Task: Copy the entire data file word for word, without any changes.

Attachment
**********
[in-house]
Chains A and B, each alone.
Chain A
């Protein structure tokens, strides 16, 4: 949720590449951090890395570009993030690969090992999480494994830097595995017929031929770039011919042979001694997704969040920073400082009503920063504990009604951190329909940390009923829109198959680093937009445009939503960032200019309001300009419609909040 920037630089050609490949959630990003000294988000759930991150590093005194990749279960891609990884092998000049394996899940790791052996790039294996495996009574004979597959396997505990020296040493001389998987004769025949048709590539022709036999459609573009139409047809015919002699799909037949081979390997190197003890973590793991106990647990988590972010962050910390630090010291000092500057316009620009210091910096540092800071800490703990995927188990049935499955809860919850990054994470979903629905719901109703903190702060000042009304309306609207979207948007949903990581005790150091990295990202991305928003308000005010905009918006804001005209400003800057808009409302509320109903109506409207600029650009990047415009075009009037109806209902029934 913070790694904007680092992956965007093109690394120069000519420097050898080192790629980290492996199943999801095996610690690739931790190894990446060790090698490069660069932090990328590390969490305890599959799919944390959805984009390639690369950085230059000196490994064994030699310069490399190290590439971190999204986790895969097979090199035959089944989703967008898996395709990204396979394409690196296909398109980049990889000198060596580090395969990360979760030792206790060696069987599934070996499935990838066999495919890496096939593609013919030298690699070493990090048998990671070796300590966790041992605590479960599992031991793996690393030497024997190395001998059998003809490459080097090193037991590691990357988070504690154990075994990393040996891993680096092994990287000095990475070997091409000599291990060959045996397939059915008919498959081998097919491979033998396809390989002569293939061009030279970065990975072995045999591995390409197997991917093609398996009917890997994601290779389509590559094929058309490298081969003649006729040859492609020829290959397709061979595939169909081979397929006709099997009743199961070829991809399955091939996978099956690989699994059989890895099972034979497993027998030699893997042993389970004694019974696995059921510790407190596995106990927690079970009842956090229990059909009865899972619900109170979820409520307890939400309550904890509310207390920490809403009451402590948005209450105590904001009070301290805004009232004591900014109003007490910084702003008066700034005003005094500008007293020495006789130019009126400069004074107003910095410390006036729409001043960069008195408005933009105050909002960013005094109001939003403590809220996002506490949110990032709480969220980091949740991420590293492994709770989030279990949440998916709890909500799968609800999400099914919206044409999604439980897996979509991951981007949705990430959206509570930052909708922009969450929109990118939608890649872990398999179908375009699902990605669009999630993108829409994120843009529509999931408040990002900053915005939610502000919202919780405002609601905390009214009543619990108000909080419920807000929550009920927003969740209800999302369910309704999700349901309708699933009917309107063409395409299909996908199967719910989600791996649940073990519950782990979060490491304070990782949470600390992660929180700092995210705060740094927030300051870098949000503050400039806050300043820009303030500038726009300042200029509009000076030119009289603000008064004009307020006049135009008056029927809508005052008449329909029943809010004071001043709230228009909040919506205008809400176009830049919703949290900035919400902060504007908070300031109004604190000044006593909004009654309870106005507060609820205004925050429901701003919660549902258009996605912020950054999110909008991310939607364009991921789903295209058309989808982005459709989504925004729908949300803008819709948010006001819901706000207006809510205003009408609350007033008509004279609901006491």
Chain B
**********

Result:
[in-house]
Chains A and B, each alone.
Chain A
């Protein structure tokens, strides 16, 4: 949720590449951090890395570009993030690969090992999480494994830097595995017929031929770039011919042979001694997704969040920073400082009503920063504990009604951190329909940390009923829109198959680093937009445009939503960032200019309001300009419609909040 920037630089050609490949959630990003000294988000759930991150590093005194990749279960891609990884092998000049394996899940790791052996790039294996495996009574004979597959396997505990020296040493001389998987004769025949048709590539022709036999459609573009139409047809015919002699799909037949081979390997190197003890973590793991106990647990988590972010962050910390630090010291000092500057316009620009210091910096540092800071800490703990995927188990049935499955809860919850990054994470979903629905719901109703903190702060000042009304309306609207979207948007949903990581005790150091990295990202991305928003308000005010905009918006804001005209400003800057808009409302509320109903109506409207600029650009990047415009075009009037109806209902029934 913070790694904007680092992956965007093109690394120069000519420097050898080192790629980290492996199943999801095996610690690739931790190894990446060790090698490069660069932090990328590390969490305890599959799919944390959805984009390639690369950085230059000196490994064994030699310069490399190290590439971190999204986790895969097979090199035959089944989703967008898996395709990204396979394409690196296909398109980049990889000198060596580090395969990360979760030792206790060696069987599934070996499935990838066999495919890496096939593609013919030298690699070493990090048998990671070796300590966790041992605590479960599992031991793996690393030497024997190395001998059998003809490459080097090193037991590691990357988070504690154990075994990393040996891993680096092994990287000095990475070997091409000599291990060959045996397939059915008919498959081998097919491979033998396809390989002569293939061009030279970065990975072995045999591995390409197997991917093609398996009917890997994601290779389509590559094929058309490298081969003649006729040859492609020829290959397709061979595939169909081979397929006709099997009743199961070829991809399955091939996978099956690989699994059989890895099972034979497993027998030699893997042993389970004694019974696995059921510790407190596995106990927690079970009842956090229990059909009865899972619900109170979820409520307890939400309550904890509310207390920490809403009451402590948005209450105590904001009070301290805004009232004591900014109003007490910084702003008066700034005003005094500008007293020495006789130019009126400069004074107003910095410390006036729409001043960069008195408005933009105050909002960013005094109001939003403590809220996002506490949110990032709480969220980091949740991420590293492994709770989030279990949440998916709890909500799968609800999400099914919206044409999604439980897996979509991951981007949705990430959206509570930052909708922009969450929109990118939608890649872990398999179908375009699902990605669009999630993108829409994120843009529509999931408040990002900053915005939610502000919202919780405002609601905390009214009543619990108000909080419920807000929550009920927003969740209800999302369910309704999700349901309708699933009917309107063409395409299909996908199967719910989600791996649940073990519950782990979060490491304070990782949470600390992660929180700092995210705060740094927030300051870098949000503050400039806050300043820009303030500038726009300042200029509009000076030119009289603000008064004009307020006049135009008056029927809508005052008449329909029943809010004071001043709230228009909040919506205008809400176009830049919703949290900035919400902060504007908070300031109004604190000044006593909004009654309870106005507060609820205004925050429901701003919660549902258009996605912020950054999110909008991310939607364009991921789903295209058309989808982005459709989504925004729908949300803008819709948010006001819901706000207006809510205003009408609350007033008509004279609901006491």
Chain B